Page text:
Anisodontea ‘El Royo’

JANUARY: Anisodontea ‘El Royo’. The first anisodontea that I grew was A. capensis, which is less hardy, less showy, smaller in all respects, but very charming nonetheless. Then I came across A.‘El Royo’, another member of the mallow family, which has much larger, clearer pink flowers, also with dark centres, and it flowers best, most unexpectedly, in autumn and winter. It is a hardy evergreen subshrub reaching about 1.5 m, and mine has so far withstood a string of quite hard frosts, and it just keeps on going. It has an airy habit and will perform best in a...

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January: less hygge, more hedgecutters

I went over to Laura’s last weekend anticipating an omni-gossip interspersed with bowls of soup and cups of tea, but was summarily appointed to the dreary duty of pulling manky  little leaves off dismal-looking auriculas. Laura does go in for this type of dainty treasure – fascinating in their own way, but more self-regarding than Donald Trump in full …….trump.  I imagine Auricula as the kind of insufferable little girl at school who always had the shiniest shoes and boasted about the nicest holidays, but was frankly too much of a princess to have friends. Now a truly classy plant – and one...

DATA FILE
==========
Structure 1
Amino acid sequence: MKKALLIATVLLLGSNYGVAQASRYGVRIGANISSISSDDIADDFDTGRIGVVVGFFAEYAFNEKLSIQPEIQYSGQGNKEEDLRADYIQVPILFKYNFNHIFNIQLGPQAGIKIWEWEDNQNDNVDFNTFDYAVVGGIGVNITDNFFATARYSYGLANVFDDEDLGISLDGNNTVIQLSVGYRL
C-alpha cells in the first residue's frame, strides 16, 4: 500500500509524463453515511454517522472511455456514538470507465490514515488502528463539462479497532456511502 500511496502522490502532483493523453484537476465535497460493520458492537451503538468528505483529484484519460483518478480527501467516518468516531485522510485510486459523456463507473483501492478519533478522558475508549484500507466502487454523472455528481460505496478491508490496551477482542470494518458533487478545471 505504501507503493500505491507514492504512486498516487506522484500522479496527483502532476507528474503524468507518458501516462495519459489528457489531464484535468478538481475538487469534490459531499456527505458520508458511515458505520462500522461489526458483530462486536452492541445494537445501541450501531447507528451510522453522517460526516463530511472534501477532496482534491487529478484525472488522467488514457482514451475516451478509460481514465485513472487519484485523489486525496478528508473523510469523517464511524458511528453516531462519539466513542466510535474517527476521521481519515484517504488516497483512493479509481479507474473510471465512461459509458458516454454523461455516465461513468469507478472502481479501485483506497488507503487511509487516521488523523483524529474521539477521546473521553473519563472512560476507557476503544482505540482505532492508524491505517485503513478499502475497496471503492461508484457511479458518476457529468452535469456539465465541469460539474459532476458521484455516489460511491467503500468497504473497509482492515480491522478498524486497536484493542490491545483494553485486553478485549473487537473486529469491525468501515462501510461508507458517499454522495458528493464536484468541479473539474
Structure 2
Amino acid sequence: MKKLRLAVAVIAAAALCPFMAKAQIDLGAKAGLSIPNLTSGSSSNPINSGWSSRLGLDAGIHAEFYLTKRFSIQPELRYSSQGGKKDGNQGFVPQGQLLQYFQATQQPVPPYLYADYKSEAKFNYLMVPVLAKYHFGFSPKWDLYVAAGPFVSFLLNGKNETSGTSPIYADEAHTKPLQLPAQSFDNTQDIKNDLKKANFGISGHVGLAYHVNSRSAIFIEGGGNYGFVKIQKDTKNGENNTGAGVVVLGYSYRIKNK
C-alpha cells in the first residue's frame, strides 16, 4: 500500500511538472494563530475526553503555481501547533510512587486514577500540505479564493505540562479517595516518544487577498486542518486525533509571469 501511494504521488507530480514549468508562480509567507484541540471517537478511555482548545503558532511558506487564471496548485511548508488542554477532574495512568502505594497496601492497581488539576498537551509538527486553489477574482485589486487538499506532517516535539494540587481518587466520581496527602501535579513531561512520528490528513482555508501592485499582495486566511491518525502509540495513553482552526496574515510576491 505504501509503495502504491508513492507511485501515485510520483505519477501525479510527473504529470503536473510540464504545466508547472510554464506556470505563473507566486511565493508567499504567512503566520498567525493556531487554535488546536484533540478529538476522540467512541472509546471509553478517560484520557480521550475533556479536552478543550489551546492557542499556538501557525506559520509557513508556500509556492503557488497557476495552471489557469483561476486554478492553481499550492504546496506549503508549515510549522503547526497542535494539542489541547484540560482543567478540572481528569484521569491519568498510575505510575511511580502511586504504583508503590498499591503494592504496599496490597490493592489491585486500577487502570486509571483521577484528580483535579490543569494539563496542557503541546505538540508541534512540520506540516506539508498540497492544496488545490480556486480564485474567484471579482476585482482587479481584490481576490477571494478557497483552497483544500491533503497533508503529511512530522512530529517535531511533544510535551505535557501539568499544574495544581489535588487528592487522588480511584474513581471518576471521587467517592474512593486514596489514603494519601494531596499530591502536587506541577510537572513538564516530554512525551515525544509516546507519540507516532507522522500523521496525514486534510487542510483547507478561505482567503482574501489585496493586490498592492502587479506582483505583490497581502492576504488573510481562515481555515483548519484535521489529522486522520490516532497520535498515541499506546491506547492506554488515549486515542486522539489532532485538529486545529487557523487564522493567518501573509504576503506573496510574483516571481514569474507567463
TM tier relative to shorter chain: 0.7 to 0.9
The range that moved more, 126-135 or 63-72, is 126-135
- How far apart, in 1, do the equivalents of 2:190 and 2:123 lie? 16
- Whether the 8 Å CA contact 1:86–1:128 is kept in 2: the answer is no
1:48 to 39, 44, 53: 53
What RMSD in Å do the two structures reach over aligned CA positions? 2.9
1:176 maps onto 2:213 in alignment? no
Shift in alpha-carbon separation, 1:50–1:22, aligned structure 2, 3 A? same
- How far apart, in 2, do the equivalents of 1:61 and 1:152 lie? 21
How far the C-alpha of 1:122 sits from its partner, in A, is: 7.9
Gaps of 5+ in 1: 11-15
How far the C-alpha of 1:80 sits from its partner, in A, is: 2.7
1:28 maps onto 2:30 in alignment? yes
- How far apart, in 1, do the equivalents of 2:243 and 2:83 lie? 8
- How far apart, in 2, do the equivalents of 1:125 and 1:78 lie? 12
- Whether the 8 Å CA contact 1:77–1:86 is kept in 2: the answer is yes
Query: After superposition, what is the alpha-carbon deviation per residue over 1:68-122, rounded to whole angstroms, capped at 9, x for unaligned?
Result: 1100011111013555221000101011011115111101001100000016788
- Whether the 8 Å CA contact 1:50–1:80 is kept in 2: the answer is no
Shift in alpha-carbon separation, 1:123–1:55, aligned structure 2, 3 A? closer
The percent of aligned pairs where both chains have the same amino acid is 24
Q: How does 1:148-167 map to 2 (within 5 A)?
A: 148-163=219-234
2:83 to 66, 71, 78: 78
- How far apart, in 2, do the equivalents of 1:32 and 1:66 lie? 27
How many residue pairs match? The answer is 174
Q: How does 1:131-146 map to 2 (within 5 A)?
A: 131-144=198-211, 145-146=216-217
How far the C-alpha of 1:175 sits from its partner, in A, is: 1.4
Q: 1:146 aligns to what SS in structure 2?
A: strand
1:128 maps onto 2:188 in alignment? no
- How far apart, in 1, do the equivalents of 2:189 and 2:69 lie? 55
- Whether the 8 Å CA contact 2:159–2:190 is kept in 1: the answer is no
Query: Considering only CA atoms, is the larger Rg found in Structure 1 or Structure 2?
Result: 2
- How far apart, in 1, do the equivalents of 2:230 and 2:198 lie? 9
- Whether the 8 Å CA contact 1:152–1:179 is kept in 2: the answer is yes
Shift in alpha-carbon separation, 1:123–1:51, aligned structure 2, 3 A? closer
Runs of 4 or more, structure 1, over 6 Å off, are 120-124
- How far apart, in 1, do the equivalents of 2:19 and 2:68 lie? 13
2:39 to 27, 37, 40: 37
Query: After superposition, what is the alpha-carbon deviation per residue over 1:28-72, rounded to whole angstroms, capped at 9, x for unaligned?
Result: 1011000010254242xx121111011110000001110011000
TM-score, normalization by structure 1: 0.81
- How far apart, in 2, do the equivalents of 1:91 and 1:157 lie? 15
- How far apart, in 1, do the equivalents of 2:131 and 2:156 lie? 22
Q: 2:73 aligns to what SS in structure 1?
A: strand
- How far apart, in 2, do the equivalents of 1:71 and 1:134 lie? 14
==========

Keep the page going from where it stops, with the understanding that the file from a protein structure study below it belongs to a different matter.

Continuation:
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Clematis cirrhosa

JANUARY Clematis cirrhosa From about the middle of December, the garden takes second place in the order of things; but as soon as the festivities are over I rush outside, keen to see what’s in flower, and to catch up with all our treasures. Planted not far from our back door and therefore always on view to be enjoyed, is the evergreen winter flowering Clematis cirrhosa. It is amazing to see the delicate speckled flowers thriving under such tough conditions and all the more valuable at this time of year. I did have to refer to my gardening diary...

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Althaea Cannabina

Althaea cannabina

LOUISE SIMS WRITES: SEPTEMBER Althaea cannabina I’m all for transparency, and not just in the late summer or early autumn border! Over the last few weeks I have been looking long and hard at such plantings and have come to the conclusion that relentless clumps of Rudbeckia, Helenium, Eupatorium, Persicaria, Ligularia etc, do not always fit with the average garden plot. Okay in a prairie setting maybe, or setting off a public building, many of these plants are simply too dense and too hoggish and before you know it, there is no room for anything else. The trick is...

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